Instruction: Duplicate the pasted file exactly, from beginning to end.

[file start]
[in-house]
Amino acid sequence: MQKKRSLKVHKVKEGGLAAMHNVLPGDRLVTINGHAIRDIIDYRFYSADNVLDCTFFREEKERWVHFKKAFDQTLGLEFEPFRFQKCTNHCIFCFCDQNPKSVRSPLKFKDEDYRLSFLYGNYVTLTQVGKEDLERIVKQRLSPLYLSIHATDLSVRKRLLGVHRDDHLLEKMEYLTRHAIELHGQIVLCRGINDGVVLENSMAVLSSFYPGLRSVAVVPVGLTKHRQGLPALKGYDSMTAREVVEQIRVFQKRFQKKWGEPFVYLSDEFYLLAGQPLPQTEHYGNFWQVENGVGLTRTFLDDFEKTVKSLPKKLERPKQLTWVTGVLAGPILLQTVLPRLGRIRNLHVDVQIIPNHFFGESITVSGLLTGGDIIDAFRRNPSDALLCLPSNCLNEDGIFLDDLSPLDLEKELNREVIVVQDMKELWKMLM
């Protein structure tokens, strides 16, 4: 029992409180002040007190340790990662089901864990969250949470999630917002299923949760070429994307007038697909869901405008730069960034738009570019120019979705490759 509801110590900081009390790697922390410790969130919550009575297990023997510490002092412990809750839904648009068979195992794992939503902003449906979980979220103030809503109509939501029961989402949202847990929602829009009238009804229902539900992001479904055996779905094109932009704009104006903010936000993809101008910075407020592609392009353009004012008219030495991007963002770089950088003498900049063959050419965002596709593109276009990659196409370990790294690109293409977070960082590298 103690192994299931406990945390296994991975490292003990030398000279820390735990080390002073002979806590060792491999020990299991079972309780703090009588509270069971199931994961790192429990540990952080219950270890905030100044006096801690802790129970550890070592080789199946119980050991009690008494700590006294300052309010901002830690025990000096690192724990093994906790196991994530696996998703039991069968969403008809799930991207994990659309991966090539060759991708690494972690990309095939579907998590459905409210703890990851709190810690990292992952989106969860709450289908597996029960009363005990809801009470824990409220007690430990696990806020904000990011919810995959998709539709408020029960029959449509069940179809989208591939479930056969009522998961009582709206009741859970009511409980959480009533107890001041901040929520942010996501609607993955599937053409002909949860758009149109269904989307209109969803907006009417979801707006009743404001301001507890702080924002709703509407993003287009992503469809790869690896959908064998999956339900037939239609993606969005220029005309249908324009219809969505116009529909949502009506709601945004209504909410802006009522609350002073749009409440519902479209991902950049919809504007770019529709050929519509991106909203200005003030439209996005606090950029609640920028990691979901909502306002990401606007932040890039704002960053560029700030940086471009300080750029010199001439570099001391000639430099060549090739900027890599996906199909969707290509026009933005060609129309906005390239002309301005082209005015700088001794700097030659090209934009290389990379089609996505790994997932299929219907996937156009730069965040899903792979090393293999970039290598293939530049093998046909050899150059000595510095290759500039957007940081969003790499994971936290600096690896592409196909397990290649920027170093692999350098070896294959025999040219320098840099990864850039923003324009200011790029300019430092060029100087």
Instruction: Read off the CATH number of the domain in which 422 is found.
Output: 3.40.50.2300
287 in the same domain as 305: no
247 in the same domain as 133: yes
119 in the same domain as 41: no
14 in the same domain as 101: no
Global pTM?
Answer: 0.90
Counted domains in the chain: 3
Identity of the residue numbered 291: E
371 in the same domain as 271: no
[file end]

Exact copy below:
[in-house]
Amino acid sequence: MQKKRSLKVHKVKEGGLAAMHNVLPGDRLVTINGHAIRDIIDYRFYSADNVLDCTFFREEKERWVHFKKAFDQTLGLEFEPFRFQKCTNHCIFCFCDQNPKSVRSPLKFKDEDYRLSFLYGNYVTLTQVGKEDLERIVKQRLSPLYLSIHATDLSVRKRLLGVHRDDHLLEKMEYLTRHAIELHGQIVLCRGINDGVVLENSMAVLSSFYPGLRSVAVVPVGLTKHRQGLPALKGYDSMTAREVVEQIRVFQKRFQKKWGEPFVYLSDEFYLLAGQPLPQTEHYGNFWQVENGVGLTRTFLDDFEKTVKSLPKKLERPKQLTWVTGVLAGPILLQTVLPRLGRIRNLHVDVQIIPNHFFGESITVSGLLTGGDIIDAFRRNPSDALLCLPSNCLNEDGIFLDDLSPLDLEKELNREVIVVQDMKELWKMLM
């Protein structure tokens, strides 16, 4: 029992409180002040007190340790990662089901864990969250949470999630917002299923949760070429994307007038697909869901405008730069960034738009570019120019979705490759 509801110590900081009390790697922390410790969130919550009575297990023997510490002092412990809750839904648009068979195992794992939503902003449906979980979220103030809503109509939501029961989402949202847990929602829009009238009804229902539900992001479904055996779905094109932009704009104006903010936000993809101008910075407020592609392009353009004012008219030495991007963002770089950088003498900049063959050419965002596709593109276009990659196409370990790294690109293409977070960082590298 103690192994299931406990945390296994991975490292003990030398000279820390735990080390002073002979806590060792491999020990299991079972309780703090009588509270069971199931994961790192429990540990952080219950270890905030100044006096801690802790129970550890070592080789199946119980050991009690008494700590006294300052309010901002830690025990000096690192724990093994906790196991994530696996998703039991069968969403008809799930991207994990659309991966090539060759991708690494972690990309095939579907998590459905409210703890990851709190810690990292992952989106969860709450289908597996029960009363005990809801009470824990409220007690430990696990806020904000990011919810995959998709539709408020029960029959449509069940179809989208591939479930056969009522998961009582709206009741859970009511409980959480009533107890001041901040929520942010996501609607993955599937053409002909949860758009149109269904989307209109969803907006009417979801707006009743404001301001507890702080924002709703509407993003287009992503469809790869690896959908064998999956339900037939239609993606969005220029005309249908324009219809969505116009529909949502009506709601945004209504909410802006009522609350002073749009409440519902479209991902950049919809504007770019529709050929519509991106909203200005003030439209996005606090950029609640920028990691979901909502306002990401606007932040890039704002960053560029700030940086471009300080750029010199001439570099001391000639430099060549090739900027890599996906199909969707290509026009933005060609129309906005390239002309301005082209005015700088001794700097030659090209934009290389990379089609996505790994997932299929219907996937156009730069965040899903792979090393293999970039290598293939530049093998046909050899150059000595510095290759500039957007940081969003790499994971936290600096690896592409196909397990290649920027170093692999350098070896294959025999040219320098840099990864850039923003324009200011790029300019430092060029100087």
Instruction: Read off the CATH number of the domain in which 422 is found.
Output: 3.40.50.2300
287 in the same domain as 305: no
247 in the same domain as 133: yes
119 in the same domain as 41: no
14 in the same domain as 101: no
Global pTM?
Answer: 0.90
Counted domains in the chain: 3
Identity of the residue numbered 291: E
371 in the same domain as 271: no